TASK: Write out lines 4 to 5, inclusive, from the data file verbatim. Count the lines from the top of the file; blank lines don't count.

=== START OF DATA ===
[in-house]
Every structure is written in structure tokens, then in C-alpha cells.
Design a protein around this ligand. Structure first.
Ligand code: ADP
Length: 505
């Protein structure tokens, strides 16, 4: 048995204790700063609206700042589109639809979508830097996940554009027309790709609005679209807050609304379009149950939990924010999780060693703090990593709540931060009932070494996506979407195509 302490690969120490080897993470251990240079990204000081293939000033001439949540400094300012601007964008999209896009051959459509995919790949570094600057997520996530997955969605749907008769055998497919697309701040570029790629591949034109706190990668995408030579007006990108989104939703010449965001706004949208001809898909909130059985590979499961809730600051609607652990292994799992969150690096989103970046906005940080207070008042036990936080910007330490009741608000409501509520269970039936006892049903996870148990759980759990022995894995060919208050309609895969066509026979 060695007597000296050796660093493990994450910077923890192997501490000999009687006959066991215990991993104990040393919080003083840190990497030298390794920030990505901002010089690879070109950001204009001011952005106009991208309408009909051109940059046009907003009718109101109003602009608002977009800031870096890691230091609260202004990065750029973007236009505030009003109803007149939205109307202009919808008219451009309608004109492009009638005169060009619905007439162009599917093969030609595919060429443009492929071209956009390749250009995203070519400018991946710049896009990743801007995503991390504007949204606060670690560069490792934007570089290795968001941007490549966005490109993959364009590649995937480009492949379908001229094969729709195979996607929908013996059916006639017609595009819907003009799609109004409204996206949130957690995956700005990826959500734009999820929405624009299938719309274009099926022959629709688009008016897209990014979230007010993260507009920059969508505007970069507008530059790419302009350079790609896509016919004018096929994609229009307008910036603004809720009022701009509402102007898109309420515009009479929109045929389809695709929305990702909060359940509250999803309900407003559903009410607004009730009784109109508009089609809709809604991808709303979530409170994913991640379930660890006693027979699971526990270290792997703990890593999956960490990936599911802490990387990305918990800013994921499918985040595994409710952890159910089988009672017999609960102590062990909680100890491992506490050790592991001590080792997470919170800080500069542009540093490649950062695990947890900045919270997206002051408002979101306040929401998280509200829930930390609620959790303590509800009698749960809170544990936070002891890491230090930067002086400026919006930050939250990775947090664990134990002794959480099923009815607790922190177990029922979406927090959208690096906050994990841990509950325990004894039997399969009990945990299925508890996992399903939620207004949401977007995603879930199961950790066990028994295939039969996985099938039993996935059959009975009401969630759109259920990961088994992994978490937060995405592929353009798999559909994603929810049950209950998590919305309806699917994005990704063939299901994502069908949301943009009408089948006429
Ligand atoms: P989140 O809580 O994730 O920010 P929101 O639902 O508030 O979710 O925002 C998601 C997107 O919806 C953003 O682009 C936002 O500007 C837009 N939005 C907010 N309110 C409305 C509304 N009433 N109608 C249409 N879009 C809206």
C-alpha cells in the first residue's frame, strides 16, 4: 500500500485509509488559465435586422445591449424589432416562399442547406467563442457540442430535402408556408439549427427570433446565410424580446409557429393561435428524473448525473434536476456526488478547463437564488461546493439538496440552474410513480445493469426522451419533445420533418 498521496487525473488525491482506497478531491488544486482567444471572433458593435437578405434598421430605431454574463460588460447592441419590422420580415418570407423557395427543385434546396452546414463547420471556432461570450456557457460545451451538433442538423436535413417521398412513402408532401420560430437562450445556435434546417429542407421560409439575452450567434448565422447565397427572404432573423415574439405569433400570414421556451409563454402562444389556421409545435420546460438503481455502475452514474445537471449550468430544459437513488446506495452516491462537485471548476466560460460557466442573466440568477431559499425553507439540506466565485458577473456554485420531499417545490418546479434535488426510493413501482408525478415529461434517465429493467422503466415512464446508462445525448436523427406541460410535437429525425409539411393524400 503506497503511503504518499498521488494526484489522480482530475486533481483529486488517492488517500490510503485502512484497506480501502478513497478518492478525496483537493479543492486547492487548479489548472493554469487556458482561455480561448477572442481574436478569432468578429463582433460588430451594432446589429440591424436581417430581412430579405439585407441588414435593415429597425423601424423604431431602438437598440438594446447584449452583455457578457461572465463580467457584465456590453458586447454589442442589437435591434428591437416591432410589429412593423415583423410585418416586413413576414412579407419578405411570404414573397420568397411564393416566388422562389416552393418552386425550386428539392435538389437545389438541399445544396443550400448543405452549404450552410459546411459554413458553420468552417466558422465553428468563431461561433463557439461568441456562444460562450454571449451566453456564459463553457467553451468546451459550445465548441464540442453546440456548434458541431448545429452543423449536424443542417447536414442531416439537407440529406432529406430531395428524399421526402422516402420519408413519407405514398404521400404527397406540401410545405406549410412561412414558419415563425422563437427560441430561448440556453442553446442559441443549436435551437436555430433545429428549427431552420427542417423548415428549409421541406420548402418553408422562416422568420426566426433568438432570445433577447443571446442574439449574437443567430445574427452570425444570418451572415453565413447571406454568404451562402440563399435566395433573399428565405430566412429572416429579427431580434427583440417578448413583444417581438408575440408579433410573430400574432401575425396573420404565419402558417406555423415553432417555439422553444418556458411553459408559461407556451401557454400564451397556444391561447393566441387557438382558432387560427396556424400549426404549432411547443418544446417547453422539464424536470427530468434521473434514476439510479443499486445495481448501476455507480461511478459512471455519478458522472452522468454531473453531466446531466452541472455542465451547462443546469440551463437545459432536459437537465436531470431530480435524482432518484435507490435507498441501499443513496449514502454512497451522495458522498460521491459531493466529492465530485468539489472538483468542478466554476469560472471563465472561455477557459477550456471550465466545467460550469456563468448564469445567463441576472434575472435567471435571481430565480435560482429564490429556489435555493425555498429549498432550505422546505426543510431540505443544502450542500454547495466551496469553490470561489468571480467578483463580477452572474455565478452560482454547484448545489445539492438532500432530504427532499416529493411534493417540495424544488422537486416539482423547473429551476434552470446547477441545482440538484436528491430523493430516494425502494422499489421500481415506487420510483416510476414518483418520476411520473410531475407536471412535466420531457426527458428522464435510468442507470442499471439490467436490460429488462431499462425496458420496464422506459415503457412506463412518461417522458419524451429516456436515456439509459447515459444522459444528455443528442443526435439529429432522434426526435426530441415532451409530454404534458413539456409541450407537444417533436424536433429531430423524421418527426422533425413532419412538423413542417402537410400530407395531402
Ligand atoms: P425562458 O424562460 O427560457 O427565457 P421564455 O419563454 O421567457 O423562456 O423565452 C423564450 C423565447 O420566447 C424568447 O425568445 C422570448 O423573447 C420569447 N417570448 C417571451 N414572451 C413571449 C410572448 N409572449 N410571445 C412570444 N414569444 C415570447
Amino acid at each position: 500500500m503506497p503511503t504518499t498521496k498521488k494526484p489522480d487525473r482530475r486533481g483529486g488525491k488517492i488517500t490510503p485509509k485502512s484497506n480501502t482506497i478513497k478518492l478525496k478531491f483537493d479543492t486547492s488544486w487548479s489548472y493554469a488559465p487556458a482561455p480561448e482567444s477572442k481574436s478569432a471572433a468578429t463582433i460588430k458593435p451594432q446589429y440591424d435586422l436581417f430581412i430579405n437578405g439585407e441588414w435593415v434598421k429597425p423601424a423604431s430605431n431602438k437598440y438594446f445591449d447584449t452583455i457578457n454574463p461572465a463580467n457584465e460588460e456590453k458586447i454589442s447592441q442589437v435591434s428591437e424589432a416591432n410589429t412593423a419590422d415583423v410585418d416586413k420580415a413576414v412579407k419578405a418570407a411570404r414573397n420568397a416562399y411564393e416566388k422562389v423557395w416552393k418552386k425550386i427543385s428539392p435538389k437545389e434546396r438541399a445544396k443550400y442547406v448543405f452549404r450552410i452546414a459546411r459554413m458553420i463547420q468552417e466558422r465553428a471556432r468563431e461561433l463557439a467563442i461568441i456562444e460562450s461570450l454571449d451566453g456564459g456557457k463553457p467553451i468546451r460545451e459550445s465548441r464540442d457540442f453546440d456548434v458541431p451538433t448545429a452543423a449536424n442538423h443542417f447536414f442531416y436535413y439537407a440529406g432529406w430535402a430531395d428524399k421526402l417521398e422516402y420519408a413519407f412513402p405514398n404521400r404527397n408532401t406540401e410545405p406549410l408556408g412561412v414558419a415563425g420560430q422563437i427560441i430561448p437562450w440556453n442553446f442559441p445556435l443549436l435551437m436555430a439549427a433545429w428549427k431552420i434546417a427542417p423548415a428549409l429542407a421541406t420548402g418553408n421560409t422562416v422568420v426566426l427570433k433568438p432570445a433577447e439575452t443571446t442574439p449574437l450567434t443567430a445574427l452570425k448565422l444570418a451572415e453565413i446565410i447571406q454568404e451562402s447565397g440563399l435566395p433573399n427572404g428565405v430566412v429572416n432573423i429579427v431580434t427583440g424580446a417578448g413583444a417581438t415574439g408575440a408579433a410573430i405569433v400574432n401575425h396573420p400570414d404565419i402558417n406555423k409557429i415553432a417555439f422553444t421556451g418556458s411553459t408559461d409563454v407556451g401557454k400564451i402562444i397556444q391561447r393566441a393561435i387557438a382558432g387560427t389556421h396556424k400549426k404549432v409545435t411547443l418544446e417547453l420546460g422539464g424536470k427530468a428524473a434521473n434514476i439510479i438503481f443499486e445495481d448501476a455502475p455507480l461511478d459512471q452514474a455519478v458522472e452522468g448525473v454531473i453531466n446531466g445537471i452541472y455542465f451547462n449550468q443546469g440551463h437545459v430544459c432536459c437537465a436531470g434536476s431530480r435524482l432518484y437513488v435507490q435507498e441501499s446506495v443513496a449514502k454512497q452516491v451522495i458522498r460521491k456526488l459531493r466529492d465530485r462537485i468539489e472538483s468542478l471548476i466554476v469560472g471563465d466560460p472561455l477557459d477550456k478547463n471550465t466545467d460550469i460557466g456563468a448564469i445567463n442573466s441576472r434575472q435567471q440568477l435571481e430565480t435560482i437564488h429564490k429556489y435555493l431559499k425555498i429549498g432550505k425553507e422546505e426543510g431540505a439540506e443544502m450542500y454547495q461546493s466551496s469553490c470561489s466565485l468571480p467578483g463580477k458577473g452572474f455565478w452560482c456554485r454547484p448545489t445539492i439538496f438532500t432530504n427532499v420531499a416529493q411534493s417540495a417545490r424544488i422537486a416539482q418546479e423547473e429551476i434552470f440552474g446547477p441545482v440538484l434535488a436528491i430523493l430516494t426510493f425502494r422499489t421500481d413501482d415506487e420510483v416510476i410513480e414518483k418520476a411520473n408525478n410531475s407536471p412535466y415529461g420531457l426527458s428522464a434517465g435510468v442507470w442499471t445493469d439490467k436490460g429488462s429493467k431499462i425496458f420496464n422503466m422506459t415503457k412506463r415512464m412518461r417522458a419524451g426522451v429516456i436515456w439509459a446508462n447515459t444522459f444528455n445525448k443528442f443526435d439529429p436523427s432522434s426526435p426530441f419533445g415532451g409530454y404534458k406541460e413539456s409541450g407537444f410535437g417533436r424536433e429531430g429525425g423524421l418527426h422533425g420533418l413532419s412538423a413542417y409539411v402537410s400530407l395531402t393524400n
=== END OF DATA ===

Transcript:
Ligand code: ADP
Length: 505